In legal marketing circles, there are few topics peddled about more than “hot tips” for improving your law firm’s website. Google it. You’ll find more advice than you could ever digest. However, there are larger trends in technology, culture and user behavior that are impacting firms in very significant ways and are not being talked about nearly as much as they should be, says Stephan Roussan, founder of consulting and web developm... (continued)
When negotiating a collective bargaining agreement, government contractors are often restrained by their contractual obligations to the government customer. A recent Armed Services Board of Contract Appeals decision provides contractors with an additional tool to use in formulating proposals during the negotiating process, says Nichole Atallah of PilieroMazza PLLC.
In 2013, the Second Circuit dismissed a False Claims Act case brought against a company by its former general counsel, finding that the FCA does not preempt a lawyer’s ethical obligations. A Mississippi federal court's recent decision in U.S. v. Northrup Grumman Corp. extends this holding, say Scott Stein and Emily Van Wyck of Sidley Austin LLP.
Monday's announcement that the U.S. Supreme Court will hear Kingdomware Technologies Inc.'s case gives renewed hope that the judicial system may yet get this one right. As a matter of policy and law, the underlying decision of the Federal Circuit is fundamentally flawed, says Steven Koprince of Koprince Law LLC.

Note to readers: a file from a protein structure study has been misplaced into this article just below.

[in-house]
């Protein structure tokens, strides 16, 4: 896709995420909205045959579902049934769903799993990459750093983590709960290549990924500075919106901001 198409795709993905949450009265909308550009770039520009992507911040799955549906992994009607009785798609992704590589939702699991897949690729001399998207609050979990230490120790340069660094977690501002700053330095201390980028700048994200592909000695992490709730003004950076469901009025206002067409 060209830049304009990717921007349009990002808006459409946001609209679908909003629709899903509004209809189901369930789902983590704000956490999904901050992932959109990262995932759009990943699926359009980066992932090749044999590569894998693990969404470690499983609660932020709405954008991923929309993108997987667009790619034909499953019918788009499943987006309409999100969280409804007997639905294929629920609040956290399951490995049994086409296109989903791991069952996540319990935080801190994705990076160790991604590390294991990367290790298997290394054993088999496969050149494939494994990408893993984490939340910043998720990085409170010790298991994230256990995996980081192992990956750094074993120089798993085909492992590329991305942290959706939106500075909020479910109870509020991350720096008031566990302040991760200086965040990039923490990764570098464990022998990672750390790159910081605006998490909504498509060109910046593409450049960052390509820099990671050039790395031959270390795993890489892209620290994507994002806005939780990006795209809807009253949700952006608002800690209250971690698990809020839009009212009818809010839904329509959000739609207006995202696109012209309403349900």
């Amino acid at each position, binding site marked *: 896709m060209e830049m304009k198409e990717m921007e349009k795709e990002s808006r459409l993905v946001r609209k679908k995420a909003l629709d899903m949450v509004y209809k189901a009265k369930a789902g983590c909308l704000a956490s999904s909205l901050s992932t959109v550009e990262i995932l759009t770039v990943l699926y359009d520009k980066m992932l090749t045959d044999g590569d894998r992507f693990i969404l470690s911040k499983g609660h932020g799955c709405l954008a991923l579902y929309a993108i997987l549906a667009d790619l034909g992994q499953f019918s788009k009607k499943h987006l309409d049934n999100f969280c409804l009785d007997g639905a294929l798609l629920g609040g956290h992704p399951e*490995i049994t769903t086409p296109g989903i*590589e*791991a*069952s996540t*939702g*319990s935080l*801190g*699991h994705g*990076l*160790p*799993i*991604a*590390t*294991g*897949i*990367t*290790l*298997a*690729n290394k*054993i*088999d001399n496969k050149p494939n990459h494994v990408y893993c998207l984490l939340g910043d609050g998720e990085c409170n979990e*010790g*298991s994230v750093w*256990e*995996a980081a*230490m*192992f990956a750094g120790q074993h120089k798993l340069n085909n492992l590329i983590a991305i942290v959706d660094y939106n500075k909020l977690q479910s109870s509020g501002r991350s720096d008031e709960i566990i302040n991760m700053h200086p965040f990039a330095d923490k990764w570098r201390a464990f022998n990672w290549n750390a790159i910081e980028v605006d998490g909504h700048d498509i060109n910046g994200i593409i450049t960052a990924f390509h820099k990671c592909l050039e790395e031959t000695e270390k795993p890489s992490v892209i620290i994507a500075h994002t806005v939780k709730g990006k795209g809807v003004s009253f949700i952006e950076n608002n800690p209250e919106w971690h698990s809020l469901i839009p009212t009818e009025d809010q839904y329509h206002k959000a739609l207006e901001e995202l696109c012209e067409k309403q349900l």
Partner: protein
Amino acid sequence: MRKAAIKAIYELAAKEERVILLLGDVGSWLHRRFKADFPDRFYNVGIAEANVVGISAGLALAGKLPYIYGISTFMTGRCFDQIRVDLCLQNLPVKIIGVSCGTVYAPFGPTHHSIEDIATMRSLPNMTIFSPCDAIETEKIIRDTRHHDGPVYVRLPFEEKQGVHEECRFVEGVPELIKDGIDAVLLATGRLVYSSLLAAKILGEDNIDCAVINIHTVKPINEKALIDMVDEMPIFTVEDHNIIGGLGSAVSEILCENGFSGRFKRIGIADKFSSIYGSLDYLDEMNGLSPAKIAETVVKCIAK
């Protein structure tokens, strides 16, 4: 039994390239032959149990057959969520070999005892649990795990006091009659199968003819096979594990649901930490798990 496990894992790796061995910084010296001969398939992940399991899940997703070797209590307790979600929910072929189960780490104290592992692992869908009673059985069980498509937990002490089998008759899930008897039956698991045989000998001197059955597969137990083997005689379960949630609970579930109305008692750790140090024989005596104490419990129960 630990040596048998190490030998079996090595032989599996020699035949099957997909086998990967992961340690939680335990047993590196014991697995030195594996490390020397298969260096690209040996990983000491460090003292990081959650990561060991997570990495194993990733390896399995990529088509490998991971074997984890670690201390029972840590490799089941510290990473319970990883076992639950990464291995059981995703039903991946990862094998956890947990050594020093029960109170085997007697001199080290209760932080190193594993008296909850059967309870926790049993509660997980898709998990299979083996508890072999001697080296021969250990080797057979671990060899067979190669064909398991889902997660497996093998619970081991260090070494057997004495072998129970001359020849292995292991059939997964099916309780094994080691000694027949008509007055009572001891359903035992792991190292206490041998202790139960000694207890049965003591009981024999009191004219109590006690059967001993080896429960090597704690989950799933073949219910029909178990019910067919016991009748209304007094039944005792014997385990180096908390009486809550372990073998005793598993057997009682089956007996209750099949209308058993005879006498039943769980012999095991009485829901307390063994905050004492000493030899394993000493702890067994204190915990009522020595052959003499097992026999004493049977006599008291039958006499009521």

Connecticut's comprehensive data privacy and security bill tightens data breach response requirements and imposes new obligations on state contractors and the health insurance industry. The bill is also pertinent to businesses operating in the state and those holding the personal information of Connecticut residents, says William Roberts of Shipman & Goodwin LLP.
According to The American Lawyer, over 2,700 AmLaw 200 law firm partners switched firms last year, representing between 4 and 5 percent of all partners on the AmLaw list. But what about the thousands of other partners who tried — but failed — to switch firms? While no statistics are available on this number, I have a secret to share: Many, if not most, lateral partner candidacies fail, says Adam Weiss of the Lateral Lawyer Group.